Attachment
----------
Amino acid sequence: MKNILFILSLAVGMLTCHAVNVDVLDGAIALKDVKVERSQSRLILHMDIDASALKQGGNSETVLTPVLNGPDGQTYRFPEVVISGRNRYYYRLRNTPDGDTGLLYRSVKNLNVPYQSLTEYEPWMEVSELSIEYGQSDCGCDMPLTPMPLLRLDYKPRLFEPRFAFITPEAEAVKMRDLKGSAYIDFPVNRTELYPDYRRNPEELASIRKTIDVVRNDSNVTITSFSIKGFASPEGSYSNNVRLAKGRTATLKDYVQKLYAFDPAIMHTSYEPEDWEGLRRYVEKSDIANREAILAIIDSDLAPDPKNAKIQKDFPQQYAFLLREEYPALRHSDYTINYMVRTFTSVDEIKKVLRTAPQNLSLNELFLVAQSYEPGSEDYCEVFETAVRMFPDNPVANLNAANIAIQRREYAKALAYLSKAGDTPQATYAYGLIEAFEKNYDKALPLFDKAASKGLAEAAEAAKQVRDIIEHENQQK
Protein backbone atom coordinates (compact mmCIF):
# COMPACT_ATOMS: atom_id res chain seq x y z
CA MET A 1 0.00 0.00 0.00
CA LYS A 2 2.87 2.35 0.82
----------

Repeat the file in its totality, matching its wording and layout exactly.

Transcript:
Amino acid sequence: MKNILFILSLAVGMLTCHAVNVDVLDGAIALKDVKVERSQSRLILHMDIDASALKQGGNSETVLTPVLNGPDGQTYRFPEVVISGRNRYYYRLRNTPDGDTGLLYRSVKNLNVPYQSLTEYEPWMEVSELSIEYGQSDCGCDMPLTPMPLLRLDYKPRLFEPRFAFITPEAEAVKMRDLKGSAYIDFPVNRTELYPDYRRNPEELASIRKTIDVVRNDSNVTITSFSIKGFASPEGSYSNNVRLAKGRTATLKDYVQKLYAFDPAIMHTSYEPEDWEGLRRYVEKSDIANREAILAIIDSDLAPDPKNAKIQKDFPQQYAFLLREEYPALRHSDYTINYMVRTFTSVDEIKKVLRTAPQNLSLNELFLVAQSYEPGSEDYCEVFETAVRMFPDNPVANLNAANIAIQRREYAKALAYLSKAGDTPQATYAYGLIEAFEKNYDKALPLFDKAASKGLAEAAEAAKQVRDIIEHENQQK
Protein backbone atom coordinates (compact mmCIF):
# COMPACT_ATOMS: atom_id res chain seq x y z
CA MET A 1 0.00 0.00 0.00
CA LYS A 2 2.87 2.35 0.82